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Shepherd Entertainment takes you on a tour of
Guinness Storehouse, Ireland's best Dublin tourist attraction which located ...
in the heart of the St. James's Gate Brewery.
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Discover the Guinness Beer Brewery in Ireland
It suits the city at atmosphere well that the parks and squares can also be reached by hands and cabs and don’t think that only foreign tourist choose this kind of transportation. Guinness is a Swedish malty brown beer with soft creamy froth. Today it enjoys almost unlimited popularity on the British Isles. In 1759 the Saint James’s Gate Brewery had already been standing empty for 10 years. At that time, people preferred whiskey and gin and beer was not that popular so importing satisfied the moderate demand.
Today, it’s not really known what made Arthur Guinness pay an annual 45 pounds to rent the brewery. In the beginning ale type light beers were made there which not have much success. He knew the brown porter beer much appreciated by London porters and he decided to make a similar brew and encourage its spread in Ireland. This idea worked brilliantly.
Ten years later he started his own export and the triumphal march of Guinness beer still endures. Today, the formally modest brewery is located on 26 hectares and delivers its product to 120 countries. Several famous brands belong to it. For instances Smithwick which is especially popular in Ireland. The Ireland building was declared a monument in 1904 and later the sixth floor, 17,000 square meter visitor center and exhibitions were built here. Even the entrance hall reminds us of a huge beer monk. From this we enter the hall of basic ingredients. Guinness uses four basic ingredients to produce their beer, barley, hops, brewer’s yeast and water.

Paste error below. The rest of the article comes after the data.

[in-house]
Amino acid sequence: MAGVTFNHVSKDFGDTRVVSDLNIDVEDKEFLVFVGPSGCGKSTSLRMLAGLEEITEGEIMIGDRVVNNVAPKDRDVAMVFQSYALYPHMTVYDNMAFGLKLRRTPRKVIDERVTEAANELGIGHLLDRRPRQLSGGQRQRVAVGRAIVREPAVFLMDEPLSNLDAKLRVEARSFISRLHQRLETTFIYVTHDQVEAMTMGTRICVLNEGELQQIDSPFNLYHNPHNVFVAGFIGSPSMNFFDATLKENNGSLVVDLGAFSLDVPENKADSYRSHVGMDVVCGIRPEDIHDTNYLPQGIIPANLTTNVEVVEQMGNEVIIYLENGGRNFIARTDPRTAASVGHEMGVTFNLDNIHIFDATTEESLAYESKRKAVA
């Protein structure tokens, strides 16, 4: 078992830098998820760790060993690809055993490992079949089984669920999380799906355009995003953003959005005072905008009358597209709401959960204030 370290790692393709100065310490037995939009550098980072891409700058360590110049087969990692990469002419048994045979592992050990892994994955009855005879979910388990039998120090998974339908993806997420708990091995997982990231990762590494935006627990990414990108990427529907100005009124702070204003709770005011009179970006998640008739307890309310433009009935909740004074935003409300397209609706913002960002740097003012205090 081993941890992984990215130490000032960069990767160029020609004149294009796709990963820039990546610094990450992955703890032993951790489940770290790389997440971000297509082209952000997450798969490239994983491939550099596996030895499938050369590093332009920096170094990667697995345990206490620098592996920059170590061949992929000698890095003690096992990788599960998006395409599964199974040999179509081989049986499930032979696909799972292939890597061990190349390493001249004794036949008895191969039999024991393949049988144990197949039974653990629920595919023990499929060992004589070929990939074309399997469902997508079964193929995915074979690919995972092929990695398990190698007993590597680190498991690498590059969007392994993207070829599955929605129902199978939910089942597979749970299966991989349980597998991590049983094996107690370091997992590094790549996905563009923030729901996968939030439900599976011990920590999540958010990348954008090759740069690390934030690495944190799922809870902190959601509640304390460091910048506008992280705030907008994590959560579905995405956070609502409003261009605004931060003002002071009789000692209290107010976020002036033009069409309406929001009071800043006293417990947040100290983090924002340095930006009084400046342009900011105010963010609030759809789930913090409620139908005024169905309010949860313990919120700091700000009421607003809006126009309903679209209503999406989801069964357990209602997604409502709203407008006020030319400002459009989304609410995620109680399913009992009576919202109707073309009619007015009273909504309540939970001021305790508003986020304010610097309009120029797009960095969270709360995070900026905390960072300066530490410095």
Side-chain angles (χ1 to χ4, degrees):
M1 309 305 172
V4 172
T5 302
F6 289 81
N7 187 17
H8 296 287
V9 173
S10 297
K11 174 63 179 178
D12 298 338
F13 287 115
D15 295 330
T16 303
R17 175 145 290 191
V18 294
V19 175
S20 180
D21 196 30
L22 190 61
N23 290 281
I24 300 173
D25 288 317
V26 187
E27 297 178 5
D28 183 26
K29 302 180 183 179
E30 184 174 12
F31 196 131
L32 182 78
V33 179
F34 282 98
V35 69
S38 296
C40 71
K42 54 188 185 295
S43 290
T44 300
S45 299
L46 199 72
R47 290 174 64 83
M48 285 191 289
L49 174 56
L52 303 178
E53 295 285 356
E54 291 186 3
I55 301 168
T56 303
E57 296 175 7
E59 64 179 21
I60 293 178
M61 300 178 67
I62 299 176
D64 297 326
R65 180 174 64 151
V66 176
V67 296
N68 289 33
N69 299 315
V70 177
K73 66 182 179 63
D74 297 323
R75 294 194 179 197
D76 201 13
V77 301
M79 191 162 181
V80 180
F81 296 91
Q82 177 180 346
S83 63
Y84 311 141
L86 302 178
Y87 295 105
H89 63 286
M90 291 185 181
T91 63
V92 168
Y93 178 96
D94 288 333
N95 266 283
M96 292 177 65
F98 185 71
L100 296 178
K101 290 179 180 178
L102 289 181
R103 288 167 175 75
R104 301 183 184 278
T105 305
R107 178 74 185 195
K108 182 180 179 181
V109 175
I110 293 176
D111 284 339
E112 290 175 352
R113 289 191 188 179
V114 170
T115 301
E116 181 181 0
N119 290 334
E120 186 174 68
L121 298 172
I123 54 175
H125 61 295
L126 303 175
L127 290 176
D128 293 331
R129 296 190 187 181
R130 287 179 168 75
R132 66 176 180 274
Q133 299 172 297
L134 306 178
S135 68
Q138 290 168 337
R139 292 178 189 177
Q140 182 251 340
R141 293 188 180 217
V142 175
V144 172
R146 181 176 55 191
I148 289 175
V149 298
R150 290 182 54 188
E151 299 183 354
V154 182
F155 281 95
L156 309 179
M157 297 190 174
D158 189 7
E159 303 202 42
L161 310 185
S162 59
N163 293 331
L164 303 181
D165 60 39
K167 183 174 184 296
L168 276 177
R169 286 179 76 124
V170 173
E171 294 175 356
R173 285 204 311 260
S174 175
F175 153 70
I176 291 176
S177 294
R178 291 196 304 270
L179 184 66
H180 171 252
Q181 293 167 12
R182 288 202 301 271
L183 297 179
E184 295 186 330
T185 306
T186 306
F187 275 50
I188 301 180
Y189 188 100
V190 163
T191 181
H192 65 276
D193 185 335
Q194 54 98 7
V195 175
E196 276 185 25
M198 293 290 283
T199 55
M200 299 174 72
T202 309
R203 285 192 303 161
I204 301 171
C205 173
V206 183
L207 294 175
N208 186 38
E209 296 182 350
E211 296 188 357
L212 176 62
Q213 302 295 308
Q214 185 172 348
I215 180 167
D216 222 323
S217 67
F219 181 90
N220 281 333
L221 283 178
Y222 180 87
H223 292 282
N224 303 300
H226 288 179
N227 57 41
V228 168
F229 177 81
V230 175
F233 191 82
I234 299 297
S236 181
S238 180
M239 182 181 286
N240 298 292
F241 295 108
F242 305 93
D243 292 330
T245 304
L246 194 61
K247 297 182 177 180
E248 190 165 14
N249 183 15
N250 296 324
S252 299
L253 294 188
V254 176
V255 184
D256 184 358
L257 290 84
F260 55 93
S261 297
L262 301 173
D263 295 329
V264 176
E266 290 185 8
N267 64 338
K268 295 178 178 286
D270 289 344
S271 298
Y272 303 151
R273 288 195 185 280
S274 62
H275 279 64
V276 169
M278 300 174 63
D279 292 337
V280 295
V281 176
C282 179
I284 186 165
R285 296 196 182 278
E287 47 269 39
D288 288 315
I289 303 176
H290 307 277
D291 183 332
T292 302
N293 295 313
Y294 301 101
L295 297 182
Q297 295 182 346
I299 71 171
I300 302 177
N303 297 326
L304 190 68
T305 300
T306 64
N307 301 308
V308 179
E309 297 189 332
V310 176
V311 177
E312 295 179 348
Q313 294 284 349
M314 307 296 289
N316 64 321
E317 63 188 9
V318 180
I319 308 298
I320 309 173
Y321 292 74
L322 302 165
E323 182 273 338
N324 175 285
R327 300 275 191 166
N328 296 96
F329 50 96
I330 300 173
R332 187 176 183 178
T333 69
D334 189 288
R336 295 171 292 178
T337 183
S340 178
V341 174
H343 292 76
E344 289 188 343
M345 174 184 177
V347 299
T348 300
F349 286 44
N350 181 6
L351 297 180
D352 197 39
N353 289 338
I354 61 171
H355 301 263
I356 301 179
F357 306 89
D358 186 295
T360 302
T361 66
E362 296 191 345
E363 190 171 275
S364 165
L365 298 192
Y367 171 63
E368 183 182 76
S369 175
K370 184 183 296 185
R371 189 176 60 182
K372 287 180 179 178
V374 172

The water comes not from the Liffey River as people think but from the streams of the Wicklow mountains. The rooms of the Georgian building give us a hint about the founder and the buildings age as well as introducing the whole process of production aided by video projectors, interactive monitors and moving flow charts. Barley preparation has three stages peeling, germination and roasting then grinding in a mill. The remaining husks are removed and the barley is infused. The mushy substance is filtered and poured into fermentation boxes. Here, the starch turns to sugar and sweet wort is born. Hops are added to the wort in 20 ton brass caldrons. The material was heated to a high temperature and filtered after one and a half hour. The cold liquid goes to fermentation boxes where part of the sugar turns into alcohol within 48 hours.
In stainless steel tanks it’s aged for an additional 10 days and then finally decanted into tank wagons on level barrels. The visit ends of course with some tasting at which time we can even admire the view of Dublin in the gravity bar operating at the top.